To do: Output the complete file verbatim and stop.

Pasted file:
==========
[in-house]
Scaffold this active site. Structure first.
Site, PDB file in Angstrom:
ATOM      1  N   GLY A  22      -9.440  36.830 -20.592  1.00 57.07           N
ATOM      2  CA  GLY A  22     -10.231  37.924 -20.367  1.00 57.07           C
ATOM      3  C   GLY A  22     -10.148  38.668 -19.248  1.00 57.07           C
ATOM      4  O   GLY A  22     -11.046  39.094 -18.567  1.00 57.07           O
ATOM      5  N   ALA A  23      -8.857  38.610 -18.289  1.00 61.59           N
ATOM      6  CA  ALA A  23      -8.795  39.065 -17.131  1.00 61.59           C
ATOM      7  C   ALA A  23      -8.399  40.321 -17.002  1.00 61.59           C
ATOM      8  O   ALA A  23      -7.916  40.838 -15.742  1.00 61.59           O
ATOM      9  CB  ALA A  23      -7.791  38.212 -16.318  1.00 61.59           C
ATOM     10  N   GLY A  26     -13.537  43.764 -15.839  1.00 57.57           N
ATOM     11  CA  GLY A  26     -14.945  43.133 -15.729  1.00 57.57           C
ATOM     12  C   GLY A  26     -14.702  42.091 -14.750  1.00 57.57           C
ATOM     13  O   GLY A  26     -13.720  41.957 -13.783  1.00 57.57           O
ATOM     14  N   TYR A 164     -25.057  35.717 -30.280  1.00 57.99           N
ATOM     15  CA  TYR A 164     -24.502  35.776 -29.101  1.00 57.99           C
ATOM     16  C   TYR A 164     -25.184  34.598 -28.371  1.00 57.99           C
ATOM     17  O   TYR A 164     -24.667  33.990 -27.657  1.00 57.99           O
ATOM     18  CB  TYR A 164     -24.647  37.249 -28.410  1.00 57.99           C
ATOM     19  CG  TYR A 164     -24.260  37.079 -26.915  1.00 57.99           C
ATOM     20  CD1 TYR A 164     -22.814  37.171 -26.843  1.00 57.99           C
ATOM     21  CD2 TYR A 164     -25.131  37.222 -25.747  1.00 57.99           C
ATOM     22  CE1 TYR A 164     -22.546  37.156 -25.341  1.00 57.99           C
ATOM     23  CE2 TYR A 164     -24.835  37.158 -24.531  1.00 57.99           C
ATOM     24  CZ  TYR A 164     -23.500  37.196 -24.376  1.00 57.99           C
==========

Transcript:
[in-house]
Scaffold this active site. Structure first.
Site, PDB file in Angstrom:
ATOM      1  N   GLY A  22      -9.440  36.830 -20.592  1.00 57.07           N
ATOM      2  CA  GLY A  22     -10.231  37.924 -20.367  1.00 57.07           C
ATOM      3  C   GLY A  22     -10.148  38.668 -19.248  1.00 57.07           C
ATOM      4  O   GLY A  22     -11.046  39.094 -18.567  1.00 57.07           O
ATOM      5  N   ALA A  23      -8.857  38.610 -18.289  1.00 61.59           N
ATOM      6  CA  ALA A  23      -8.795  39.065 -17.131  1.00 61.59           C
ATOM      7  C   ALA A  23      -8.399  40.321 -17.002  1.00 61.59           C
ATOM      8  O   ALA A  23      -7.916  40.838 -15.742  1.00 61.59           O
ATOM      9  CB  ALA A  23      -7.791  38.212 -16.318  1.00 61.59           C
ATOM     10  N   GLY A  26     -13.537  43.764 -15.839  1.00 57.57           N
ATOM     11  CA  GLY A  26     -14.945  43.133 -15.729  1.00 57.57           C
ATOM     12  C   GLY A  26     -14.702  42.091 -14.750  1.00 57.57           C
ATOM     13  O   GLY A  26     -13.720  41.957 -13.783  1.00 57.57           O
ATOM     14  N   TYR A 164     -25.057  35.717 -30.280  1.00 57.99           N
ATOM     15  CA  TYR A 164     -24.502  35.776 -29.101  1.00 57.99           C
ATOM     16  C   TYR A 164     -25.184  34.598 -28.371  1.00 57.99           C
ATOM     17  O   TYR A 164     -24.667  33.990 -27.657  1.00 57.99           O
ATOM     18  CB  TYR A 164     -24.647  37.249 -28.410  1.00 57.99           C
ATOM     19  CG  TYR A 164     -24.260  37.079 -26.915  1.00 57.99           C
ATOM     20  CD1 TYR A 164     -22.814  37.171 -26.843  1.00 57.99           C
ATOM     21  CD2 TYR A 164     -25.131  37.222 -25.747  1.00 57.99           C
ATOM     22  CE1 TYR A 164     -22.546  37.156 -25.341  1.00 57.99           C
ATOM     23  CE2 TYR A 164     -24.835  37.158 -24.531  1.00 57.99           C
ATOM     24  CZ  TYR A 164     -23.500  37.196 -24.376  1.00 57.99           C